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Maker(s):Nadar (Gaspard Felix Tournachon); Nadar, Paul
Culture:French (Gaspard Felix Tournachon 1820 - 1910) (Paul Nadar 1856 - 1939)
Title:Victor Hugo on His Deathbed
Date Made:1885
Materials:carbon print on paper
Place Made:France
Measurements:mount: 12 1/8 x 14 15/16 in.; 30.7975 x 37.9413 cm; sheet/image: 7 3/4 x 9 13/16 in.; 19.685 x 24.9238 cm
Accession Number:  SC 1989.13
Credit Line:Purchased with the gift of the Smith College Museum of Art Visiting Committee in honor of Charles Chetham
Museum Collection:  Smith College Museum of Art

half-length view of a reclining old man with beard propped on a pillow facing toward the right

Label Text:
Photography ensured that the death of a public figure was never entirely a private affair. The celebrated French author Victor Hugo was attended by many artists who were at his bedside when he died. Nadar’s portrait of Victor Hugo was staged: a dark curtain was placed behind the subject and mirror was used to cast shadows, creating a more affecting contrast and mood.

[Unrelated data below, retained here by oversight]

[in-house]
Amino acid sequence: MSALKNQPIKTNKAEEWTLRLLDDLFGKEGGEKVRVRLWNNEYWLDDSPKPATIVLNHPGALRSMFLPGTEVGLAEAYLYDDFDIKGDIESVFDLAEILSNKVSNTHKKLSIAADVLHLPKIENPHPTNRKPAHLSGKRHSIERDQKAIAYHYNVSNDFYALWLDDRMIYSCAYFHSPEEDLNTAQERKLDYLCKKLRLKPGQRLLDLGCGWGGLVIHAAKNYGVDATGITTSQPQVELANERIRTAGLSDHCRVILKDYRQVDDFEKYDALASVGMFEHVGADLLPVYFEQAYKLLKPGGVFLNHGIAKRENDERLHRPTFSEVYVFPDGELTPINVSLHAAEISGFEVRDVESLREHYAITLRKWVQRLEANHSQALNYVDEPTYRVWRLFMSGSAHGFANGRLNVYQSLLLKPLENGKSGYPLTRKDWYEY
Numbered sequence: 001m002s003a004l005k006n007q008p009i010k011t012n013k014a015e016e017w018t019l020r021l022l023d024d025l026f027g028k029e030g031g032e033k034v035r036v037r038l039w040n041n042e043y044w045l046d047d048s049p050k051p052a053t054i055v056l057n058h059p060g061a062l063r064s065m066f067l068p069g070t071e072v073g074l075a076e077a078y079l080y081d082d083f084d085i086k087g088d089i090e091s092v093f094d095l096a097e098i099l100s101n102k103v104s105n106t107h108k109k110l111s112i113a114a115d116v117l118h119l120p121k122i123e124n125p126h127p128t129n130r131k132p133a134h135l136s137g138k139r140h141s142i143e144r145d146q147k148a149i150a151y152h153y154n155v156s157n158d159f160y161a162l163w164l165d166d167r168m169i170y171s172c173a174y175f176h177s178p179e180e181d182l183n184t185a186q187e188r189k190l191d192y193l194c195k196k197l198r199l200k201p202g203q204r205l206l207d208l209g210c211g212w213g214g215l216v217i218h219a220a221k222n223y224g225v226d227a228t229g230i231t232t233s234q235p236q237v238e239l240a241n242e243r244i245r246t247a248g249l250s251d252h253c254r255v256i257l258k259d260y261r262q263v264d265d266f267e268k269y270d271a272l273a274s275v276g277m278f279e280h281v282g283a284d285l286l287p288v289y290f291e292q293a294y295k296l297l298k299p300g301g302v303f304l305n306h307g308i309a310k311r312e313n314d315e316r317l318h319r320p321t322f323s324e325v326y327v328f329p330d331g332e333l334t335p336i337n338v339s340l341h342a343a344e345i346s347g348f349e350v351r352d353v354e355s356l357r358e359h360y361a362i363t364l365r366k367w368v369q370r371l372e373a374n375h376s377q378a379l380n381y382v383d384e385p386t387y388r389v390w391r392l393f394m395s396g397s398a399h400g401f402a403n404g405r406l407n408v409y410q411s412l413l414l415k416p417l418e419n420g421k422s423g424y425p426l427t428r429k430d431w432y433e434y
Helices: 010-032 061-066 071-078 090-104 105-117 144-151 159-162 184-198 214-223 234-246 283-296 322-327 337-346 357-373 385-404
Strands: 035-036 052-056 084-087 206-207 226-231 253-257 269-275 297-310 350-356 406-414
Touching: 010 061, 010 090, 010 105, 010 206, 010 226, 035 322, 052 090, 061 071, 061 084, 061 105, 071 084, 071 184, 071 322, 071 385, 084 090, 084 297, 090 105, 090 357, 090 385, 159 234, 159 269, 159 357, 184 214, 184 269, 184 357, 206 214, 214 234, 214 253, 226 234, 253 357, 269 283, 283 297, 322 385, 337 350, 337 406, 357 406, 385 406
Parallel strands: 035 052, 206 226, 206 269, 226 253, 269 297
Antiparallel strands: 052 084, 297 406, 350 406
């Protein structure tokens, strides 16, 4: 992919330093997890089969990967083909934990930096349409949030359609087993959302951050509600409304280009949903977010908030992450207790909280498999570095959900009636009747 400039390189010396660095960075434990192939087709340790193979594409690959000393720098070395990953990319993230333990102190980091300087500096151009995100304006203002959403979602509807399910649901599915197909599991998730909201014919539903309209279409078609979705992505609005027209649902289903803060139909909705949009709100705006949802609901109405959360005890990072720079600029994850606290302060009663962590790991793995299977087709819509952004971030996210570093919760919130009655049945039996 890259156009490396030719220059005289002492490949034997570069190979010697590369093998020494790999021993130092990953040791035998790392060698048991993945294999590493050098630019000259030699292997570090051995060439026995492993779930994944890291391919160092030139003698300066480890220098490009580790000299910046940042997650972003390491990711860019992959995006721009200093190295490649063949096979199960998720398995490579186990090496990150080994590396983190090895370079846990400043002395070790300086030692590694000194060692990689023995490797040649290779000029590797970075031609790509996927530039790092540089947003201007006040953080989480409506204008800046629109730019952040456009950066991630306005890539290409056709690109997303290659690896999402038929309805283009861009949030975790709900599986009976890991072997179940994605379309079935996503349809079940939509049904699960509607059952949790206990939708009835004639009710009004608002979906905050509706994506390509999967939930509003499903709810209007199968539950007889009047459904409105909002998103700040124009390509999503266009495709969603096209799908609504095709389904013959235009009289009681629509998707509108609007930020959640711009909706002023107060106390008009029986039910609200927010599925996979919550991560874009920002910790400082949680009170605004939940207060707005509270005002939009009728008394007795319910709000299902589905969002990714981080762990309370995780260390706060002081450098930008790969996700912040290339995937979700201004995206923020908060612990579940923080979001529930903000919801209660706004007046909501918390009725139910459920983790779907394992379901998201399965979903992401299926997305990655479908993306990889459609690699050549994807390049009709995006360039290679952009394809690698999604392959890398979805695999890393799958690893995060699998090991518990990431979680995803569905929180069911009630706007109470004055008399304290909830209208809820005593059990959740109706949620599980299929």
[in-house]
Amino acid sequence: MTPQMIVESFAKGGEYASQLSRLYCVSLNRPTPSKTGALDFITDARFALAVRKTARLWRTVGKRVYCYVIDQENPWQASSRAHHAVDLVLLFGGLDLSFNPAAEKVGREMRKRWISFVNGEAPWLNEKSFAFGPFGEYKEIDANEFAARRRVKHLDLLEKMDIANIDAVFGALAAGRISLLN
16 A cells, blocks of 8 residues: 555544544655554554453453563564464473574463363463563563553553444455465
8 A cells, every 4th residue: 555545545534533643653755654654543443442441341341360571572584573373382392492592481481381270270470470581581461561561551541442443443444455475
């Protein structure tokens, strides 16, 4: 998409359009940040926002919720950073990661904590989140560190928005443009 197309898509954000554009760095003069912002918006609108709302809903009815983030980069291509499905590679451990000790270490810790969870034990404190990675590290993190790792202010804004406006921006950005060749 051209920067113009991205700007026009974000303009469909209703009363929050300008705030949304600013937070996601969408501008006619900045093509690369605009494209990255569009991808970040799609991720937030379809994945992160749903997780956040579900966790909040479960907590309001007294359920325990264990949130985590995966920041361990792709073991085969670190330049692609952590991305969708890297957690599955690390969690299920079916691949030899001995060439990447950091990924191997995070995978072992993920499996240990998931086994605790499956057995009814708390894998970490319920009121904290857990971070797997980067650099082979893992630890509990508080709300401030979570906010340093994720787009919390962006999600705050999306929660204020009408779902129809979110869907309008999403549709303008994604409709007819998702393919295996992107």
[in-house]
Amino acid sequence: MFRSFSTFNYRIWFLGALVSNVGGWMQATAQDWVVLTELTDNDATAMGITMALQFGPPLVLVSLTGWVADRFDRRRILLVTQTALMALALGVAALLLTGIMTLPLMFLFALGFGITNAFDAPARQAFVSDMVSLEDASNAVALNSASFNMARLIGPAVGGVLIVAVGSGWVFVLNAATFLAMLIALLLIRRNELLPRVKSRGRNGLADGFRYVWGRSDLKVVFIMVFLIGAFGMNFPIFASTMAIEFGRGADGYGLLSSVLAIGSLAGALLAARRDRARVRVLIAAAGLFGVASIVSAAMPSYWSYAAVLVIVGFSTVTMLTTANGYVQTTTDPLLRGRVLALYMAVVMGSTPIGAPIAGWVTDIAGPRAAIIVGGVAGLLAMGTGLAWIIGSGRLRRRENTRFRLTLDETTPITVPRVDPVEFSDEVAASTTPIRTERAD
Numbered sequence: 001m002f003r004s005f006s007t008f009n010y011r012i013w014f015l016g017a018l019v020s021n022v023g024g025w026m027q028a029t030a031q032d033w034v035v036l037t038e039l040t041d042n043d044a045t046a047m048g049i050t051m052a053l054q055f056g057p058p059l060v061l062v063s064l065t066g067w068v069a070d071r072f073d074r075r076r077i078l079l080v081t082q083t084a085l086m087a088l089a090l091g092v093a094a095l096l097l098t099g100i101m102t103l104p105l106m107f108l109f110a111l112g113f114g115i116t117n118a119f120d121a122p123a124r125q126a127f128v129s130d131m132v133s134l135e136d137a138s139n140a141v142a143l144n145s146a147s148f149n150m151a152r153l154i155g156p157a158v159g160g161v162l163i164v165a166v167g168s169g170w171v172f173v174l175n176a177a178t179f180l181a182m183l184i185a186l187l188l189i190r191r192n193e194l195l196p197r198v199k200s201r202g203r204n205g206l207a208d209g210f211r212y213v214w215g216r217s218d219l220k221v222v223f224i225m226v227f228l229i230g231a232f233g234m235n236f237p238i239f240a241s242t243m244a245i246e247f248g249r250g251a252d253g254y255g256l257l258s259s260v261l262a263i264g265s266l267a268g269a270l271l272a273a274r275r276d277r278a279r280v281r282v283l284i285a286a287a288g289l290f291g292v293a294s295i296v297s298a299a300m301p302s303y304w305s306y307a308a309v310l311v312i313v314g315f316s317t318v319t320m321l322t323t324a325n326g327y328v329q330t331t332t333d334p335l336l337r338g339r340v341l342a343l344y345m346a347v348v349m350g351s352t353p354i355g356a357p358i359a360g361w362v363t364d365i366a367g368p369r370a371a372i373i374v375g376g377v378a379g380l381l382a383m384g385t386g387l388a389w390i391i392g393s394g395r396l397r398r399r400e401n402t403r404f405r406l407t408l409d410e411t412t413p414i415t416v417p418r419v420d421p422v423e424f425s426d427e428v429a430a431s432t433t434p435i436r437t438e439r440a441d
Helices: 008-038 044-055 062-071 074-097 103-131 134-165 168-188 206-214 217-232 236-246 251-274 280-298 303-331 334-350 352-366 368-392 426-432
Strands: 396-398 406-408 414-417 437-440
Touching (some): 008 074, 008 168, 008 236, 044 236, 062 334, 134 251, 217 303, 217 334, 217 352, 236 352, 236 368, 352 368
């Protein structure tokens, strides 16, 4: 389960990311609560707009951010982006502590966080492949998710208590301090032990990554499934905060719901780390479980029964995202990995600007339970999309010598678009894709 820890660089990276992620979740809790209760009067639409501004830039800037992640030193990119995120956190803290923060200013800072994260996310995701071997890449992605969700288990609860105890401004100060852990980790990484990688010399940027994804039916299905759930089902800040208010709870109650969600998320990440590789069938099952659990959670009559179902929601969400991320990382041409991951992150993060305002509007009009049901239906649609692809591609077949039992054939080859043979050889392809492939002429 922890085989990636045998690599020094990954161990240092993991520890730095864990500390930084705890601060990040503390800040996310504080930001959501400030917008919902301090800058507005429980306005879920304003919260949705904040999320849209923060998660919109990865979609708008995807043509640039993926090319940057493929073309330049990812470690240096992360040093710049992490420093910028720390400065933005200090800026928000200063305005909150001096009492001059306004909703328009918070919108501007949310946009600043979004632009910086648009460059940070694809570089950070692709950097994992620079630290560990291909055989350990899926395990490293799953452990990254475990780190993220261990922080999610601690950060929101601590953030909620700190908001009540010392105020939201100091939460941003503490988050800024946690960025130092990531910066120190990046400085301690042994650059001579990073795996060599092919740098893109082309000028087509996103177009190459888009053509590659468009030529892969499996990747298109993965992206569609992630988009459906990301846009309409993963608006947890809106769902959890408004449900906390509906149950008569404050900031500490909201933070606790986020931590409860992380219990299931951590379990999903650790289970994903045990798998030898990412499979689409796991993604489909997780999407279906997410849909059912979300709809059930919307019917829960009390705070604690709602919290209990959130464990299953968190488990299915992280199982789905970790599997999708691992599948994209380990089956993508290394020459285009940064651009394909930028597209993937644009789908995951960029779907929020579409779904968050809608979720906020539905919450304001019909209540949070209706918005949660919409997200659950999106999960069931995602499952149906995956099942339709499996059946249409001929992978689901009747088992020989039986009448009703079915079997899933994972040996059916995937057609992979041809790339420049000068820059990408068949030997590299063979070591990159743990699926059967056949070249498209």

Photography was still a developing medium that was slowly gaining more technical flexibility and artistic credibility. While the first photographic portraits had been perceived to be “poor man’s” paintings, in time photography gained recognition as an art form in itself. This was partly due to photographers like Nadar, whose theatrically staged portraits convinced people of the many new possibilities of the medium.

deaths; historical figures; literature; portraits; men; writing

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